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Australia’s Defence Minister Meets with Chinese Counterpart

by | Mon, Jun 13 2022

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Australia’s Defence Minister, Richard Marles, has met with his Chinese counterpart, on the sidelines of a security summit in Singapore.

It’s the first time senior ministers from both countries have spoken since November 2019.

In the hour-long discussion, Mr Marles says he expressed concern to General Wei Fenghe, over some of Beijing’s actions in our region.

It comes as Beijing faces questions over its influence in the Indo-Pacific.

Mr Marles says the meeting was “a full and frank exchange”, covering the Pacific, and a recent incident involving a Chinese fighter jet, which flew dangerously close to an Australian aircraft.

Speaking at the Shangri-La Dialogue in Singapore, Richard Marles laid out a vision of economic co-operation with China, while at the same time acknowledging that investment in military deterrence would continue to be necessary.

“China is not going anywhere and we all need to live together and hopefully prosper together,” Mr Marles said.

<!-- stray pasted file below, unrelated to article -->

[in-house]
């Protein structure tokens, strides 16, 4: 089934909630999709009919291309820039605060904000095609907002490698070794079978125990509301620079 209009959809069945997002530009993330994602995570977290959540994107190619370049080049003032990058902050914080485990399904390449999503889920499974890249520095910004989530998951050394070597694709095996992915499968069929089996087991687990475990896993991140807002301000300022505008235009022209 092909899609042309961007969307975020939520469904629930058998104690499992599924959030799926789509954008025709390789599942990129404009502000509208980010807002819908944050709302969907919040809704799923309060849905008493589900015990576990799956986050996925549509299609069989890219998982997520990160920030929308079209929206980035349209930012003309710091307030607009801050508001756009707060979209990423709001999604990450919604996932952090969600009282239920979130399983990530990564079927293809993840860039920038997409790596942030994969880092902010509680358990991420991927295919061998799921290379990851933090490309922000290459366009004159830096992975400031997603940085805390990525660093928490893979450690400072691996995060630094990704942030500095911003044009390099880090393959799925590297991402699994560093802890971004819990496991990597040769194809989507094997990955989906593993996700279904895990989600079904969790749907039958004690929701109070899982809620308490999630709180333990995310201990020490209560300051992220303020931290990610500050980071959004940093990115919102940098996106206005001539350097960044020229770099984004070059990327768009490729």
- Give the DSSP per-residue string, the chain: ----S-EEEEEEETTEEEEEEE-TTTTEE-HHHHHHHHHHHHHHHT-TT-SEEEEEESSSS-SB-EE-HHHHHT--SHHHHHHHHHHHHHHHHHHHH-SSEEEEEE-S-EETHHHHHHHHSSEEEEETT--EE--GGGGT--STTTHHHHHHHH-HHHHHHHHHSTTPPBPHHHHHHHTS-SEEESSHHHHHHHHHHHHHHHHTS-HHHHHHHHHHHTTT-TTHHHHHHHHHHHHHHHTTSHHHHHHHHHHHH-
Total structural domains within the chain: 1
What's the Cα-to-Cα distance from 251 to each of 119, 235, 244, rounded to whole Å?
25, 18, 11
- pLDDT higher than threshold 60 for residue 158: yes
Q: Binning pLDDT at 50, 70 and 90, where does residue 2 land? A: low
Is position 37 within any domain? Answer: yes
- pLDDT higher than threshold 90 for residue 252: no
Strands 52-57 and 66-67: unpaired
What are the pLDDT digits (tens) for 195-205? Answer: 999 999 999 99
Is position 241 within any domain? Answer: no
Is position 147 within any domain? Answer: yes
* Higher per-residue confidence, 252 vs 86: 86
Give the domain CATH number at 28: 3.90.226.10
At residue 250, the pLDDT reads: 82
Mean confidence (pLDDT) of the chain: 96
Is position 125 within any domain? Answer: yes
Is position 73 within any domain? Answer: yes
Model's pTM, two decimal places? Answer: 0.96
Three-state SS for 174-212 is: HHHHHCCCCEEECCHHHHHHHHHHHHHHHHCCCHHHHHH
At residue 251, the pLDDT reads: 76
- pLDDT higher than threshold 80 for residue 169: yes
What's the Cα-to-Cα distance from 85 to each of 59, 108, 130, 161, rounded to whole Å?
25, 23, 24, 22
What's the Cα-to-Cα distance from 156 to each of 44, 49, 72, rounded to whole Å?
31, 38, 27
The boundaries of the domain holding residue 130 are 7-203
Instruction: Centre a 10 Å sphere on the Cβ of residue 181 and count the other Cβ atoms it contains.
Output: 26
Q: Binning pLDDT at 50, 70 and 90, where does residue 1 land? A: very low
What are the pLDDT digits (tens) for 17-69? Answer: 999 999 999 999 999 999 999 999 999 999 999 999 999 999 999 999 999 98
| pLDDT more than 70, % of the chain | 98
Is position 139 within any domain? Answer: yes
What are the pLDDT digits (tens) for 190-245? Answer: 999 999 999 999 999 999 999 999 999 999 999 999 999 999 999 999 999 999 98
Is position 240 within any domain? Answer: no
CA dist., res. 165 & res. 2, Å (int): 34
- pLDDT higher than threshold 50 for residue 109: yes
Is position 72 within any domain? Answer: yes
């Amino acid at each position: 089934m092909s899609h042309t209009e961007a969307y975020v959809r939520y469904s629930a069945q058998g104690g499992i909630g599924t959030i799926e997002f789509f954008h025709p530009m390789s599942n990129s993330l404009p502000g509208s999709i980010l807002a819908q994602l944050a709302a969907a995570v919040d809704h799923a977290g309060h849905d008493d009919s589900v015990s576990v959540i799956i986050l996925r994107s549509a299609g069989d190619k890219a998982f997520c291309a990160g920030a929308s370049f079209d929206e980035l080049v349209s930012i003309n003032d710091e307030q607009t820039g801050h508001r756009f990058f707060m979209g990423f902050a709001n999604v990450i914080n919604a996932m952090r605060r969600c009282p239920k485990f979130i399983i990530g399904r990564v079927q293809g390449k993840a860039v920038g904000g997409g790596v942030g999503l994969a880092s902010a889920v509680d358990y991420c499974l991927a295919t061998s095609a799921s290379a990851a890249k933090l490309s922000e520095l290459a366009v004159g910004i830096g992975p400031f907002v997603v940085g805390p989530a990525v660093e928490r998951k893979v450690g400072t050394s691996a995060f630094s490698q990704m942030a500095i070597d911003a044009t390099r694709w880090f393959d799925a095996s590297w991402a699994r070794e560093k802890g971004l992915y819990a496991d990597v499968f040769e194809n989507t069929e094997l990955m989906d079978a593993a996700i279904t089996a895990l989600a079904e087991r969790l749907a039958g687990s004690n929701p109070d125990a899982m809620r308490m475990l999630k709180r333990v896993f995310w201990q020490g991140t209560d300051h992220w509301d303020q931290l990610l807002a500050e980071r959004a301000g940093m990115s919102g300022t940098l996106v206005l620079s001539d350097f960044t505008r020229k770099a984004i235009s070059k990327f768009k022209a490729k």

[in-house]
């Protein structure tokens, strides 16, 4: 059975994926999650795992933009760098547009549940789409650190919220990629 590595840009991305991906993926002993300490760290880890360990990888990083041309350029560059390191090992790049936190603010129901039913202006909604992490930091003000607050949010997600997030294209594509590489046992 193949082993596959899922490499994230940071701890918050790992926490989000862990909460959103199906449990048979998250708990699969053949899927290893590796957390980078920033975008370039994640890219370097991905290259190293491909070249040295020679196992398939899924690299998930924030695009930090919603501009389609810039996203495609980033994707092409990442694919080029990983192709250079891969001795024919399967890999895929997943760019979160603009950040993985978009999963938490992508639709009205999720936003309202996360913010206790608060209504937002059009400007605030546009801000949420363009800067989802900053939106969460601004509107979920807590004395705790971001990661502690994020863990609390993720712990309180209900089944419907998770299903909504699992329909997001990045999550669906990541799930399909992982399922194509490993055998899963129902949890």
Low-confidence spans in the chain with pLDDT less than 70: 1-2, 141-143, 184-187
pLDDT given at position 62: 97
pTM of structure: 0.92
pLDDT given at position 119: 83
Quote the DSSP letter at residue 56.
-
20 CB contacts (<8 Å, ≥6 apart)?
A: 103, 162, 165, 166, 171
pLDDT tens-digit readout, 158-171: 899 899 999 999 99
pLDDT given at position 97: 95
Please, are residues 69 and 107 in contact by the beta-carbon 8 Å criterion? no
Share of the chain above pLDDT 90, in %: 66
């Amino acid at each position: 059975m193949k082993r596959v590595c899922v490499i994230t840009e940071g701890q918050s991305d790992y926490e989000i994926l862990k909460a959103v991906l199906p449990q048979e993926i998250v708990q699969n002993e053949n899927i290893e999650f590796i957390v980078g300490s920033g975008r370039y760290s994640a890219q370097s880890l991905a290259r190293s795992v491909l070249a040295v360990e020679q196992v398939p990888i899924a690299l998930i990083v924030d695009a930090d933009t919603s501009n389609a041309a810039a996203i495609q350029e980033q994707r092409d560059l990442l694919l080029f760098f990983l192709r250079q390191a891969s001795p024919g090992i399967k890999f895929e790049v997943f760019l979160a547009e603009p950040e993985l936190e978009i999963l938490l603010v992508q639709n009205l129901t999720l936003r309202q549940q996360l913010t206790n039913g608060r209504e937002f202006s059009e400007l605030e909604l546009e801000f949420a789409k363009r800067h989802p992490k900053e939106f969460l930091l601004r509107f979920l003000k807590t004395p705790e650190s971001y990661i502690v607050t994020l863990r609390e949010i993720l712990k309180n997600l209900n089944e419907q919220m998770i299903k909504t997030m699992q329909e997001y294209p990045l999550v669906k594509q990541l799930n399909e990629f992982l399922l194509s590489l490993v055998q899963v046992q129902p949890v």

“China’s economic success is connected to that of our own and the region.”

“Australia’s approach will be anchored in a resolve to safeguard our national interests, and our support for regional security and stability based on rules.”

During the summit, General Wei used a speech warning the US not to interfere in China’s sovereignty.

Washington has signaled military action if Beijing tries to invade Taiwan.

Speaking through a translator, General Wei responded to the threat.

“Let me make this clear, if anyone dares to secede Taiwan from China, we will not hesitate to fight,” said General Wei.

“We will fight at all costs, and we will fight until the very end.”

Liberal senator, Jim Molan, is urging caution after Australia’s Defence Minister met with General Wei.

“To think that we are going to have a dialogue with China is an interesting concept, because China doesn’t have to do anything, you know, China – when it got it’s turn to speak – was incredibly aggressive,” said Senator Molan.

The Australian Strategic Policy Institute’s Michael Shoebridge says, there is still a contrast between what China says, and what it does.

“I think we’ve got to keep looking at China’s actions, while we listen to their words,” said Mr Shoebridge.

“And to hear General Wei talk about peaceful cooperation through win-win outcomes, while his fighter pilots are almost causing mid-air collisions, is jarring.”